Associated Broadcast Consultants provided the above predicted coverage map for the Solent Wireless transmitter at Fort Widley.
As reported recently in DRU, the �mini-mux� in Portsmouth, England, has recently celebrated its first year of being on-air.
DAB operates as an ensemble of different radio services, known in the UK as a multiplex and operated by a multiplex owner. Most local DAB multiplexes operate over a broadcast area designed to cover one or many heritage FM broadcast areas; and typically these multiplexes are single frequency networks with multiple transmission facilities to ensure a consistent quality of reception. The multiple transmission sites, and requirement for carefully synchronised broadcasts on a SFN, come with significant costs.
A year ago, Ofcom, the UK broadcast regulator, licensed an amount of trial, �small-scale� DAB multiplexes at lower signal strengths. These were seen as opportunities for smaller broadcasters to get onto digital at lower cost. Solent Wireless applied for a licence for Portsmouth, a city on the south coast of England. The area covered has a population of 300,000.
The existing DAB multiplex covering the area is designed to cover a much larger footprint of 1.2m people, and has six transmission sites. The transmitter covering Portsmouth runs a power of 0.33 kW ERP.*�
I spoke with Ash Elford, the Digital Development Manager of Angel Radio, the company that operates the mini-mux as �Solent Wireless�. I learnt that, in contrast, their multiplex runs at 0.2kW ERP. They use an antenna with 6dB gain, which, according to Elford means they can run a lower-powered amplifier, and that they cause very little adjacent channel interference.
A significant cost of a traditional multiplex is getting the radio station�s audio to the multiplex operator in the first place. For Solent Wireless, this is a place where savings can be made. �Stations get their audio to us over the public internet,� says Elford. �It works very well. Some stations have fibre connections, but there are a few on ADSL. It holds up�, he adds.
Use of the public internet extends to the transmission site, which uses wireless internet with a QOS to ensure reliability. Indeed, at least one station on the multiplex is entirely cloud-based, using Amazon Web Services for everything, including the playout system.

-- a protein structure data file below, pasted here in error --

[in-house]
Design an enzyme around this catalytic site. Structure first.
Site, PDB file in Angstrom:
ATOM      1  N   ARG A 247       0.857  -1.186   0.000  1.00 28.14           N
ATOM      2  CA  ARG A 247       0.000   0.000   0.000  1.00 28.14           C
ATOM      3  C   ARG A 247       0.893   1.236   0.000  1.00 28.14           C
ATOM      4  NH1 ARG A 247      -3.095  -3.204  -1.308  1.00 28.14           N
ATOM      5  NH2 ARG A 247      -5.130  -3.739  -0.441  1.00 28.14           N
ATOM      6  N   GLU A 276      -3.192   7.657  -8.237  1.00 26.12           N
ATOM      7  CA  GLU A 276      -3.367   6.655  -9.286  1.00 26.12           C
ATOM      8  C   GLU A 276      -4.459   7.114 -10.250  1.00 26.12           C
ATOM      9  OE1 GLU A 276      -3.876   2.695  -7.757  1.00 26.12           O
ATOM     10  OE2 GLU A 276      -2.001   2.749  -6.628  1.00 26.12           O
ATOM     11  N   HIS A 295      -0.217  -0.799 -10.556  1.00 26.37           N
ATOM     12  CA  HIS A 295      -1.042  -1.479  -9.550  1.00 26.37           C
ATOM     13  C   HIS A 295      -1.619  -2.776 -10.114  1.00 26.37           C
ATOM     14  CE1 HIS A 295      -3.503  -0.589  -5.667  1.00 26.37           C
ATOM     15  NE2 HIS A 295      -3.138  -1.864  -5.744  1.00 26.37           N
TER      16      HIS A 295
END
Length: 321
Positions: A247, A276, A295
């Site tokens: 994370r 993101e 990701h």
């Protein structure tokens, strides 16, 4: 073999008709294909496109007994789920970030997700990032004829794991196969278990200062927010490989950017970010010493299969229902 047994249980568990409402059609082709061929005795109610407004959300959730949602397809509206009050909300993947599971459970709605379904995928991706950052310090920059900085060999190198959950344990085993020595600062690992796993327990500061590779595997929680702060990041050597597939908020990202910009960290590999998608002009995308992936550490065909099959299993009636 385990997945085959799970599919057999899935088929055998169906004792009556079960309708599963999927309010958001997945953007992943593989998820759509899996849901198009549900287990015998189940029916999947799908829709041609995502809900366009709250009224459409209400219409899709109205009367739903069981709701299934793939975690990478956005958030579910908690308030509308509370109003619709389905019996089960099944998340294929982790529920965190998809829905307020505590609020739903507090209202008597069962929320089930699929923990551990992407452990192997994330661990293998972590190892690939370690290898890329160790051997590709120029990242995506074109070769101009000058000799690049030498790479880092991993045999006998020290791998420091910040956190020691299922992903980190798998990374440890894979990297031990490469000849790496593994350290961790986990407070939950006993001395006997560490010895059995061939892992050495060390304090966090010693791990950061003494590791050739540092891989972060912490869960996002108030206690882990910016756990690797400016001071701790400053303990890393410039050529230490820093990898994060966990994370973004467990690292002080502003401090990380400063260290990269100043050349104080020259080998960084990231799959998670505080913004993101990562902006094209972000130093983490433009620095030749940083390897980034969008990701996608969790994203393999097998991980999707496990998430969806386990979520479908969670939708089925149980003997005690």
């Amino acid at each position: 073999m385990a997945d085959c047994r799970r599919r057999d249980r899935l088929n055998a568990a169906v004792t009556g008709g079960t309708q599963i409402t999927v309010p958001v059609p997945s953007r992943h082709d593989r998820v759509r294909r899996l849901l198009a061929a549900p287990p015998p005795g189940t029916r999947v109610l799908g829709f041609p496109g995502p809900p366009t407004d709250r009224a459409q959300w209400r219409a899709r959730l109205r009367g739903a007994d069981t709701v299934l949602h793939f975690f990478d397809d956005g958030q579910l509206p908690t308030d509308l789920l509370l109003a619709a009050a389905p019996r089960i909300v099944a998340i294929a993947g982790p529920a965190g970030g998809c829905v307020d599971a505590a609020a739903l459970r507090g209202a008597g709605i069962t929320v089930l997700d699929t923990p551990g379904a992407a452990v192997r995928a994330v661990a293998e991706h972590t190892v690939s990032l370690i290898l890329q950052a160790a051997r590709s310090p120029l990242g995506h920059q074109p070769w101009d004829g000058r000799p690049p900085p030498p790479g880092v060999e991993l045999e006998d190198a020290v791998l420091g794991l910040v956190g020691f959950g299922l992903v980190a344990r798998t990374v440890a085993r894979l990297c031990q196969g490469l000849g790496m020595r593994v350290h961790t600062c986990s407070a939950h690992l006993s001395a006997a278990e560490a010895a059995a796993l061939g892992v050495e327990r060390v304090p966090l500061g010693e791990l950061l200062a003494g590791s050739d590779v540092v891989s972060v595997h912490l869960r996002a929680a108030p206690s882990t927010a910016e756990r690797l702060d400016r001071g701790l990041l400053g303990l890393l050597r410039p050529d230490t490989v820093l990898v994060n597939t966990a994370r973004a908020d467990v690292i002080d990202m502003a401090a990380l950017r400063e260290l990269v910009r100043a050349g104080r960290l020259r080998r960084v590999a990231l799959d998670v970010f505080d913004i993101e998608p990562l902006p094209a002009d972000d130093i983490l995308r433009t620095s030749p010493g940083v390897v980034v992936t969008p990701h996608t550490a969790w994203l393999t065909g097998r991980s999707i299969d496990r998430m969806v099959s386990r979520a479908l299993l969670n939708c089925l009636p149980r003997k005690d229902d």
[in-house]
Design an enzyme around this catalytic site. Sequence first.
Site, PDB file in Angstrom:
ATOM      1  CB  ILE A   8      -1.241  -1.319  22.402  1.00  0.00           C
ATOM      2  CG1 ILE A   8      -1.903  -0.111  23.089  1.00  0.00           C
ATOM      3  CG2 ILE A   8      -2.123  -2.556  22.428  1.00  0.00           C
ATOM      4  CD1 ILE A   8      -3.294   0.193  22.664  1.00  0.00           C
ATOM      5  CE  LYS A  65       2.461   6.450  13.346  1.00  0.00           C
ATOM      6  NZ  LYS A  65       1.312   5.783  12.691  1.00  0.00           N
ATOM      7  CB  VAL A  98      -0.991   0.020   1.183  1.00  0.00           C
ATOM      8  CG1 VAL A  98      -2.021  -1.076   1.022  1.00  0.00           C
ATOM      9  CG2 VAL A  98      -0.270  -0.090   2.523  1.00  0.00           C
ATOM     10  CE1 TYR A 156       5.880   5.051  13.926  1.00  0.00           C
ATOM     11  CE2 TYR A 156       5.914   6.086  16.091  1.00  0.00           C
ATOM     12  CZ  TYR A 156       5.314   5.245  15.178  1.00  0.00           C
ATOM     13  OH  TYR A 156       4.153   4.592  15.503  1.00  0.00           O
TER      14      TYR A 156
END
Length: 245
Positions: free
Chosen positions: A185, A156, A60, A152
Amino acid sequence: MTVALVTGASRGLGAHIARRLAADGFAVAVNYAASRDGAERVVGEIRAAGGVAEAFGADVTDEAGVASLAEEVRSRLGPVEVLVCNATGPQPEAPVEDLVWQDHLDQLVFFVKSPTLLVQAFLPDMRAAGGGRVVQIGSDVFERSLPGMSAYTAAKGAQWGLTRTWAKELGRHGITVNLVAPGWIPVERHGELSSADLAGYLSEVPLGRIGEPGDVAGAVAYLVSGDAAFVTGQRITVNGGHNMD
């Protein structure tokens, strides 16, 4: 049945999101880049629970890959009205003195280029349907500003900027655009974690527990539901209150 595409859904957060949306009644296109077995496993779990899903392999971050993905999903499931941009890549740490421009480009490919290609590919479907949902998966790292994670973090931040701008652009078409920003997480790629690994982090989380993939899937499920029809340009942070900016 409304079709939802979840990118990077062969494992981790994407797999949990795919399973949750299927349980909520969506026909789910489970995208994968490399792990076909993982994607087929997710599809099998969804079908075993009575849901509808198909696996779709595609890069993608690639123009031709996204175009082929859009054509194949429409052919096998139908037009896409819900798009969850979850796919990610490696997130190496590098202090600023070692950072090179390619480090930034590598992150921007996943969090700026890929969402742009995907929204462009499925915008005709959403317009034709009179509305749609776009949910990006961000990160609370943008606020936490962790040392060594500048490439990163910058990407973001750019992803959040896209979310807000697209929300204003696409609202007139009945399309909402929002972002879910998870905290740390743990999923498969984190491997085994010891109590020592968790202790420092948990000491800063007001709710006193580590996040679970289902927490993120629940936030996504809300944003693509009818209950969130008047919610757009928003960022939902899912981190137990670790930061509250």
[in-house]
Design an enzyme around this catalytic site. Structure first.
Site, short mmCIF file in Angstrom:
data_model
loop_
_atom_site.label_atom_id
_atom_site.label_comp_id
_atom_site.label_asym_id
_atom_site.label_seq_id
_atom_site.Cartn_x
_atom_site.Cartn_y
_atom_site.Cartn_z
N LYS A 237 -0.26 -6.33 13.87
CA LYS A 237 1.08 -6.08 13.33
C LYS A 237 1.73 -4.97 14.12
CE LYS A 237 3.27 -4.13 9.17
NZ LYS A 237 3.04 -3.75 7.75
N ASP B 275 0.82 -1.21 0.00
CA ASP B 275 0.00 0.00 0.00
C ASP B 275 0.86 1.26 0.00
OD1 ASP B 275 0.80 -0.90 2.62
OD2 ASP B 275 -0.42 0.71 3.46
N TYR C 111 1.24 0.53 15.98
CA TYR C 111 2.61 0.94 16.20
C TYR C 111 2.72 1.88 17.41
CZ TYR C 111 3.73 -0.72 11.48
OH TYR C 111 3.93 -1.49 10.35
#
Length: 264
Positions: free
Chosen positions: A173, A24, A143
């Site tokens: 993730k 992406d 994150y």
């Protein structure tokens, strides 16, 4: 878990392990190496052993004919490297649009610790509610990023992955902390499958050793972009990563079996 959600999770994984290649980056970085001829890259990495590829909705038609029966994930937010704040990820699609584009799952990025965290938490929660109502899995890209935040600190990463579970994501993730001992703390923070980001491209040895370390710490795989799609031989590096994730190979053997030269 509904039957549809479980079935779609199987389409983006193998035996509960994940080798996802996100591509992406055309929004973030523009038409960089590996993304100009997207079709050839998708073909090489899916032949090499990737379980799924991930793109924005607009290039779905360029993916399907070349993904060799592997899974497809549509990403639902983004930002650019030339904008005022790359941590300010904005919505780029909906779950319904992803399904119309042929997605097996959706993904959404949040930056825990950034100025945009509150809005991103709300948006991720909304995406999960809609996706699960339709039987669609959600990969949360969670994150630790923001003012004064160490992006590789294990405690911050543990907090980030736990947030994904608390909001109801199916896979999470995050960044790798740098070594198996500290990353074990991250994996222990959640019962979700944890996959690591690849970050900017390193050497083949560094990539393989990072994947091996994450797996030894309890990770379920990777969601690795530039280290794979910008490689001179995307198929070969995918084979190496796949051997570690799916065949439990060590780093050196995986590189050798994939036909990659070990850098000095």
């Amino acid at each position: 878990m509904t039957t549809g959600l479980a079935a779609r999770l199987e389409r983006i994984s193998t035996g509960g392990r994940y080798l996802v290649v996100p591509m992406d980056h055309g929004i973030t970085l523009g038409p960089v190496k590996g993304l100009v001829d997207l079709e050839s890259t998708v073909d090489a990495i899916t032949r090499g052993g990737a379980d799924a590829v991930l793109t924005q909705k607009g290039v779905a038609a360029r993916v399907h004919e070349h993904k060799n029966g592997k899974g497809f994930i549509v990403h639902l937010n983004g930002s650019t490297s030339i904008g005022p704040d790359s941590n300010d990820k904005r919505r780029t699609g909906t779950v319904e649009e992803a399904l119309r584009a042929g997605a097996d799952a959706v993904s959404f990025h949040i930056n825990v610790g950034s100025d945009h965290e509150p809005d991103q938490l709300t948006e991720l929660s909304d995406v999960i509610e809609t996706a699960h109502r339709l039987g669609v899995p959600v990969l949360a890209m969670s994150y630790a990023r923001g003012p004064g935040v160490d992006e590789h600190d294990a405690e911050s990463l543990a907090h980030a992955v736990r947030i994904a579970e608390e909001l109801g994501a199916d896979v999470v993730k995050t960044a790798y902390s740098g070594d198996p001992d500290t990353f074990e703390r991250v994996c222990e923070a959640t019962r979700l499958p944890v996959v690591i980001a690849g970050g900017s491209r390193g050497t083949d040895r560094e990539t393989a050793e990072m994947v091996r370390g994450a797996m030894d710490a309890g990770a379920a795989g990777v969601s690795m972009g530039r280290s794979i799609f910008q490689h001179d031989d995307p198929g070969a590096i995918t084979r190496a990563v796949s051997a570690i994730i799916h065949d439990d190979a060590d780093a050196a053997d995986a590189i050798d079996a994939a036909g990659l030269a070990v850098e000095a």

While there are ten trial mini-muxes of this type currently running, Solent Wireless appear to be the most innovative, adding DAB+ services and slideshow to broadcasts. �It appears that in the real world, we�ve found quite a few DAB sets support DAB+ without explicitly saying so,� says Elford. �Running DAB+ allows us to include as many different formats as possible whilst maintaining good audio quality. It appears that those stations who have launched in DAB+ or have converted to it have good numbers of interactions from listeners.�
However, some innovations may be a little ahead of their time. �We have slideshow running on nearly all of our services, but there�s been no feedback from listeners acknowledging its existence. But our philosophy is that, as some radios support it, and we can do it, we should do it.�
The low cost of these multiplexes is an important part of the trial, though Elford highlights that low cost is �not the same as no cost. We have to pay rental on our TX site, insurance, telecoms and maintain a float of spares, and these costs have to be passed on. But despite this, the main [non-content] costs for our broadcasters are fees from Ofcom and [music collection societies] PRS and PPL.�
These mini-multiplexes appear to be well received by broadcasters and the public alike, and many new trial formats have appeared. The day after I spoke to Solent Wireless, they announced a new, all-weather radio station, Weather 24/7: possibly the most British format you could think of. But whatever the weather, with new mini-muxes pushing technical boundaries, the outlook for British DAB listeners is bright.
*An earlier version of this article originally mis-stated the power level as 90 kW ERP.�We have now corrected our error, as pointed out by reader Glyn Roylance.